On Monday, the Senate Judiciary Committee began confirmation hearings to evaluate Ketanji Brown Jackson’s nomination to the U.S. Supreme Court. Jackson — who previously served as a public defender and currently works on the U.S. Court of Appeals for Washington, D.C. — would be the first Black woman on the Supreme Court.
A YouGov poll conducted March 17 – 20 indicates that, in the month since President Joe Biden nominated Jackson, more Americans have formed an opinion of her qualifications. A YouGov poll of U.S. adults on February 25 showed that 48% were uncertain of whether Brown Jackson was qualified, compared to 35% in a more recent poll of U.S. adult citizens.
The same polls showed that 43% of U.S. adult citizens now think Jackson is qualified, compared to 39% of U.S. adults in the February poll. About one in five (22%) citizens now say she is unqualified, compared to 13% of adults when Biden initially announced her nomination.
Americans are more likely than not to say that Jackson should be confirmed (41% to 25%) and that she will get the Senate’s approval (42% to 12%). Many Americans say they are unsure about both questions, but people with an opinion lean in her favor.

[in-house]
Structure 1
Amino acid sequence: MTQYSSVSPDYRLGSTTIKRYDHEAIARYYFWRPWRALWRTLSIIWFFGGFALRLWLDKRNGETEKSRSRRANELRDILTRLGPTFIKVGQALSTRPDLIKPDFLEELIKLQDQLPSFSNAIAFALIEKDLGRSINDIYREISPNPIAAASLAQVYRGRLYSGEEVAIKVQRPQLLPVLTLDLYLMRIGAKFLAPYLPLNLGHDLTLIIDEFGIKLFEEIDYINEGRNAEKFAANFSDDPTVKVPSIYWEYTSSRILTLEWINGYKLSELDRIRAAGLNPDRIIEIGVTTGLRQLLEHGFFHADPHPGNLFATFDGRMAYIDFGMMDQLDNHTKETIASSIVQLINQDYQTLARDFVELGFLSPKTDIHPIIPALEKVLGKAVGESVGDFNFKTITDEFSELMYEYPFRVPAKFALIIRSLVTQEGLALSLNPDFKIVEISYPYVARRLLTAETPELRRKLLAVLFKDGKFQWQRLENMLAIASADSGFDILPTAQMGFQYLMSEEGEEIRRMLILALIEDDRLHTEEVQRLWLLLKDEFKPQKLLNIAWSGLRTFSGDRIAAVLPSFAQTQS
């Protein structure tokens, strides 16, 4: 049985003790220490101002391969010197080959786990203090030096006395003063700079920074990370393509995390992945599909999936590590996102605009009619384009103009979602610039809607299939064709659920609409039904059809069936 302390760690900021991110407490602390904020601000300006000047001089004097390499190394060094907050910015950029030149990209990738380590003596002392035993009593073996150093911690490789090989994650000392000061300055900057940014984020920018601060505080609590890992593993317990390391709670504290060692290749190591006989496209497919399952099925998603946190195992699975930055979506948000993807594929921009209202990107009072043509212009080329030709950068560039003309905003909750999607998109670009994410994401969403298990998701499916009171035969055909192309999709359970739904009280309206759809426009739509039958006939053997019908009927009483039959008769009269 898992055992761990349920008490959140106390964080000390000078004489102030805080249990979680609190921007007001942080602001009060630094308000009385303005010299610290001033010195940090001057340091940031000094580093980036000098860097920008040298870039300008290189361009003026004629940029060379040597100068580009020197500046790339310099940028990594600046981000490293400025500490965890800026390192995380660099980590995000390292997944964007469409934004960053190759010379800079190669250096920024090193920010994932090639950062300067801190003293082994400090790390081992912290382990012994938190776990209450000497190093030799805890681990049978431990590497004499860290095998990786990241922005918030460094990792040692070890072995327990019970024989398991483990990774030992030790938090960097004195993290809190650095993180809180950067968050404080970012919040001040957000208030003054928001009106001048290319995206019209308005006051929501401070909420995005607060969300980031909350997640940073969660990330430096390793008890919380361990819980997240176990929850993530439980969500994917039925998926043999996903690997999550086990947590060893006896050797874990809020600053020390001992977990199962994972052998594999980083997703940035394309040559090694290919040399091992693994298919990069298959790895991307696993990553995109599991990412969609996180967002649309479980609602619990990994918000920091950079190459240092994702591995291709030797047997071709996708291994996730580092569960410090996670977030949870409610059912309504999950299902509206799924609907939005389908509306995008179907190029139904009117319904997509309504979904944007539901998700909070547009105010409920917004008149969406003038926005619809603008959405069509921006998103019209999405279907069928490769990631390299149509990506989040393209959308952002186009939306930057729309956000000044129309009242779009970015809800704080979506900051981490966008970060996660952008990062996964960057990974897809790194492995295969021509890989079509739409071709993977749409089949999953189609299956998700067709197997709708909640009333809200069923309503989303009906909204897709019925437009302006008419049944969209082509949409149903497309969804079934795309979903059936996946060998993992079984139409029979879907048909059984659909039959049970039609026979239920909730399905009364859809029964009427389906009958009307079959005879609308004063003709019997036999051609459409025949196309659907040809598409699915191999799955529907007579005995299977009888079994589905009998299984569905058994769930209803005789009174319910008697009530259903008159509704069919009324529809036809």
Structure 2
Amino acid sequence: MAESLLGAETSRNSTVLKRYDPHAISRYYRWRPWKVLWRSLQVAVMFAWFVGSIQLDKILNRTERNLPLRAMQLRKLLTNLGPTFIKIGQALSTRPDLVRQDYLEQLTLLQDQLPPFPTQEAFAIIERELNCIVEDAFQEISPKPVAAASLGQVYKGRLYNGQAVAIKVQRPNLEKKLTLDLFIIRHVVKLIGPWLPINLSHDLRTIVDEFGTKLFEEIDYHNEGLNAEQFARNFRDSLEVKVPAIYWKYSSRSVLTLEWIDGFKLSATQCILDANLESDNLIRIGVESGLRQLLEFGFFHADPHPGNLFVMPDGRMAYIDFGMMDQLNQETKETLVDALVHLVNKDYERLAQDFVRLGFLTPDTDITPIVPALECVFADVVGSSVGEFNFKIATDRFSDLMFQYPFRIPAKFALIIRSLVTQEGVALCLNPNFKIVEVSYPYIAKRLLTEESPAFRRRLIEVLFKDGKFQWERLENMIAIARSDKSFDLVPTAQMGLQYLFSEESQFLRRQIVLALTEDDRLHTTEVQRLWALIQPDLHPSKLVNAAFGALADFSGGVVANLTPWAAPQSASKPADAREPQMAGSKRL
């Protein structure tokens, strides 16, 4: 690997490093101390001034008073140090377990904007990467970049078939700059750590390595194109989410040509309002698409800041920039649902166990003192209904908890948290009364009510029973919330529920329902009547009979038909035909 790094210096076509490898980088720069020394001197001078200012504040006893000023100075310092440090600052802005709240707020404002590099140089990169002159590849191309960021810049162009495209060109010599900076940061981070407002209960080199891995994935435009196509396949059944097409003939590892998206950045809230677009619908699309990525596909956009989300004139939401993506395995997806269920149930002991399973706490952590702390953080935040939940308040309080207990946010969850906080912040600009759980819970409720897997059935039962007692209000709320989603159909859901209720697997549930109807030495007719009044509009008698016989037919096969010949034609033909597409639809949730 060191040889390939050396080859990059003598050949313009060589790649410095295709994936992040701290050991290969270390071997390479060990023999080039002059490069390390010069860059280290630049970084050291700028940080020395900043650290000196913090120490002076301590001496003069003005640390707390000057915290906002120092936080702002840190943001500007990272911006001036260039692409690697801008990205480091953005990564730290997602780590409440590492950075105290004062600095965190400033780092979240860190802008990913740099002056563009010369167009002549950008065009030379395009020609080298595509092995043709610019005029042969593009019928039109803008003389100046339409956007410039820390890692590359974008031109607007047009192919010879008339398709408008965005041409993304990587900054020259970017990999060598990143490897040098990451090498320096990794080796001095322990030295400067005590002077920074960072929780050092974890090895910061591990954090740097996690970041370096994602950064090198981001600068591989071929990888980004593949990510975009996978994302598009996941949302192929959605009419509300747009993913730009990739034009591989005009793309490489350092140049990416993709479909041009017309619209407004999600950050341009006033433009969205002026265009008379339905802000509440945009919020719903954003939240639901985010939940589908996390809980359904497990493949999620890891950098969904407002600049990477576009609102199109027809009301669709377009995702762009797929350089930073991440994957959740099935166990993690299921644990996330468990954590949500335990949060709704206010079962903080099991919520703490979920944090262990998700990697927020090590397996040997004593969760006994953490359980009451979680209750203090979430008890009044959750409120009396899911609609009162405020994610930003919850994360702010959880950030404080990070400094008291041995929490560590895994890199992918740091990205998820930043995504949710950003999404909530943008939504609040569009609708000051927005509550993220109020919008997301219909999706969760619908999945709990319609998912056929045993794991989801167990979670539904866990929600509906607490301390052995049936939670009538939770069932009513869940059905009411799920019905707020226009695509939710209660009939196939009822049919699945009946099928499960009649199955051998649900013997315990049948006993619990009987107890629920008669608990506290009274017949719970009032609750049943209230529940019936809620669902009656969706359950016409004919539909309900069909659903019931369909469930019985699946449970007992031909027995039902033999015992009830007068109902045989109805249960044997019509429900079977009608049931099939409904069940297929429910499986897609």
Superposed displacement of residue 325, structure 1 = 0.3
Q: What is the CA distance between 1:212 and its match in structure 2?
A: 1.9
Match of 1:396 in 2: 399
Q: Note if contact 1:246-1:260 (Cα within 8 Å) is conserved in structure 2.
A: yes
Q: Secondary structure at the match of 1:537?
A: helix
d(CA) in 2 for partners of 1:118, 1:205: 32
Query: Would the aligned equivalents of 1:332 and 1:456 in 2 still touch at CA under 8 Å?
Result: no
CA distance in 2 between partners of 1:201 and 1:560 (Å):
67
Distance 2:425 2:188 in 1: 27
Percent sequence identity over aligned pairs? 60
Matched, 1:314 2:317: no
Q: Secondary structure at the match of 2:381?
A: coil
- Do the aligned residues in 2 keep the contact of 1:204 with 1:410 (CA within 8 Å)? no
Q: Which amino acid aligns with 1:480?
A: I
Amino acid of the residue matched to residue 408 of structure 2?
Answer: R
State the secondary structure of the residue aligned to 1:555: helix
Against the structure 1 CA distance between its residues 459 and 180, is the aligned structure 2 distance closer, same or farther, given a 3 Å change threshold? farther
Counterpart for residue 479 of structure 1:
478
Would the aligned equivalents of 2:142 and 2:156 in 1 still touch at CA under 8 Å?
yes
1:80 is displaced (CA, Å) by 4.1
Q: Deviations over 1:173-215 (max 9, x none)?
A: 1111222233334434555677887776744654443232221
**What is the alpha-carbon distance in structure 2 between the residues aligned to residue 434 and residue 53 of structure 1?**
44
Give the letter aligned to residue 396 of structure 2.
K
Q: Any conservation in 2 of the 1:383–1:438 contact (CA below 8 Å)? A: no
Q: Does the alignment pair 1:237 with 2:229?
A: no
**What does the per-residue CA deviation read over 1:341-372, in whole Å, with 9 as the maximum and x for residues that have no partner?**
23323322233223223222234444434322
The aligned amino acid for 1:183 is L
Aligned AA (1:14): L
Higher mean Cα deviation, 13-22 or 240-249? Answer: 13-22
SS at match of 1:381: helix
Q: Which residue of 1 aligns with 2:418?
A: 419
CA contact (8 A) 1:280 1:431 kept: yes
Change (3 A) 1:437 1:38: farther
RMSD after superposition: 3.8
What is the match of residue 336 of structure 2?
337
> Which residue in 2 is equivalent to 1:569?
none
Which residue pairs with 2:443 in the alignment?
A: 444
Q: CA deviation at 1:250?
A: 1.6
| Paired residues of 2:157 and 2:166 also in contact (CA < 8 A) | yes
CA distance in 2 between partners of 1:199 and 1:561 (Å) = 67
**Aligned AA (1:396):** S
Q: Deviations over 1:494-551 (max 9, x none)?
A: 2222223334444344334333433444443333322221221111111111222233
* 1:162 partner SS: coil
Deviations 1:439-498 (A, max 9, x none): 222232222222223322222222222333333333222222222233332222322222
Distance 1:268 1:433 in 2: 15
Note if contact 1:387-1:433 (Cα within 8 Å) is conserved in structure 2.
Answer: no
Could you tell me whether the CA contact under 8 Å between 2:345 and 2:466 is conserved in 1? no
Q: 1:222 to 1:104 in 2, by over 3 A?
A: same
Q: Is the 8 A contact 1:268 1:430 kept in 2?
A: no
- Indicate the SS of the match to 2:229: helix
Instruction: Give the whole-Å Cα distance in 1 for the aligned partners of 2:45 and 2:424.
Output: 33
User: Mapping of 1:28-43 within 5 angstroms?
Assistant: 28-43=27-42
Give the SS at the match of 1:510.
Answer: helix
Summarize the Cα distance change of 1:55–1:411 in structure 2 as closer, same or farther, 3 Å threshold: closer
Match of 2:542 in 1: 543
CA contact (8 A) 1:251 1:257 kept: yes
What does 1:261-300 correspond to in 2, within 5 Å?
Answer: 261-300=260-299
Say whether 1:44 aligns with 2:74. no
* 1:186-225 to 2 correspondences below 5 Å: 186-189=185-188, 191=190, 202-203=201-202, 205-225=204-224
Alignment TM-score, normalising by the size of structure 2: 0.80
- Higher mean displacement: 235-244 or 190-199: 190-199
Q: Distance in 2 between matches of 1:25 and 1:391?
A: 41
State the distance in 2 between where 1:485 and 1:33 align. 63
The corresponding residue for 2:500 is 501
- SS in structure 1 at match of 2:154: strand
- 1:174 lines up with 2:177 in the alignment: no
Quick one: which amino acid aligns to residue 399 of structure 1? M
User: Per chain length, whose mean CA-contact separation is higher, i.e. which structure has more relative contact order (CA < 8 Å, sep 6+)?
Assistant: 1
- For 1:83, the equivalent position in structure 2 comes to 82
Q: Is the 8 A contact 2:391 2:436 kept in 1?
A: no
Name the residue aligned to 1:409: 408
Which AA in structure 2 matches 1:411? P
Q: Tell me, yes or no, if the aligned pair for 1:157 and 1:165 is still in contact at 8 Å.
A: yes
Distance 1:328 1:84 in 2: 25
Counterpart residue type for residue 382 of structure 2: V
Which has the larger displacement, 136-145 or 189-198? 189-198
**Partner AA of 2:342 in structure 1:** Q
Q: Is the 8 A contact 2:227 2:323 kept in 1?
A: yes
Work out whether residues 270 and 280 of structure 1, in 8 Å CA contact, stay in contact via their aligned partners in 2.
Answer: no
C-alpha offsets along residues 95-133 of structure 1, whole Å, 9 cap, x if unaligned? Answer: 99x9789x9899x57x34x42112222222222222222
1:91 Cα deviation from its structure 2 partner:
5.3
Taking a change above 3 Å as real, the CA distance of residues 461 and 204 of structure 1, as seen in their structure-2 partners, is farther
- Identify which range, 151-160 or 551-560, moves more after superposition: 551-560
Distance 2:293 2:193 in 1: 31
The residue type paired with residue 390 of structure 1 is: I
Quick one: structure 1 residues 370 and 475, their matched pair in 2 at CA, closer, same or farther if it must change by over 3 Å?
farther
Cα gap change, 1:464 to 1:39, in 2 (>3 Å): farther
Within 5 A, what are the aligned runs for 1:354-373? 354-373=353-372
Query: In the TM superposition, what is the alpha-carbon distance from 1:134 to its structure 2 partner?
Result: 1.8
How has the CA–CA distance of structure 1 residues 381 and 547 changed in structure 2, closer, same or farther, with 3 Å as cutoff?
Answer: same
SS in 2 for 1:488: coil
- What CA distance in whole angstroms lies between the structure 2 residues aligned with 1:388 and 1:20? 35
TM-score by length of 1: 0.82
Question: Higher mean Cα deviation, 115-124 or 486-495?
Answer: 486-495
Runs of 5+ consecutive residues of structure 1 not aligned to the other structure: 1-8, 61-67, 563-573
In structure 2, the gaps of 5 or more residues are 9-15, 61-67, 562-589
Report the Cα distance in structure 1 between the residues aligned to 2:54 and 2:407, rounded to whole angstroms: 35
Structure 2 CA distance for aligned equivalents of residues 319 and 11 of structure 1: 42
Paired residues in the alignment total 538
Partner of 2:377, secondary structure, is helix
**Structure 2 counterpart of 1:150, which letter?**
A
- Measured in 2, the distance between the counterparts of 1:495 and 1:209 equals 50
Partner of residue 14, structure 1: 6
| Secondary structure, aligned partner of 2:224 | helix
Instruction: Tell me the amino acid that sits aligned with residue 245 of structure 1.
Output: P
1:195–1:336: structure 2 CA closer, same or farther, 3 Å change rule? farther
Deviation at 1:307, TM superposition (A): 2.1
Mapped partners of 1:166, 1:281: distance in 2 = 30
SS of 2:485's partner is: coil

Many Democrats are cautiously optimistic going into the hearings for the first potential justice nominated by a Democratic president in six years: 73% say Jackson should be confirmed by the Senate while just 56% think she will be. Jackson will need a simple majority vote in order to be confirmed, which means she can be approved if all Democrats in the Senate support her nomination. While most Republicans either do not want Jackson confirmed or are unsure (17% say they do want her confirmed while 51% say they do not), they are more than twice as likely to say she will be confirmed (40% say she will be; 18% say she won’t) than to want her to be confirmed.
About half of Americans (47%) are uncertain of whether Jackson will be given a fair hearing in the U.S. Senate. Americans with an opinion are twice as likely to say the Senate will give Jackson a fair hearing than to say it will be unfair (37% to 17%). Republicans (52%) are more likely than Democrats (35%) and Independents (34%) to think the Senate will be fair.
— Ian Davis, Carl Bialik, and Taylor Orth contributed to this article
Methodology: This U.S. News survey was conducted by YouGov using a nationally representative sample of 1,000 U.S. adult citizens interviewed online between March 17 – 20, 2022. This sample was weighted according to gender, age, race, and education based on the 2018 American Community Survey, conducted by the U.S. Census Bureau, as well as news interest and 2020 Presidential votes (or non-votes). Respondents were selected from YouGov’s opt-in panel to be representative of all U.S. citizens. The margin of error is approximately 3% for the entire sample.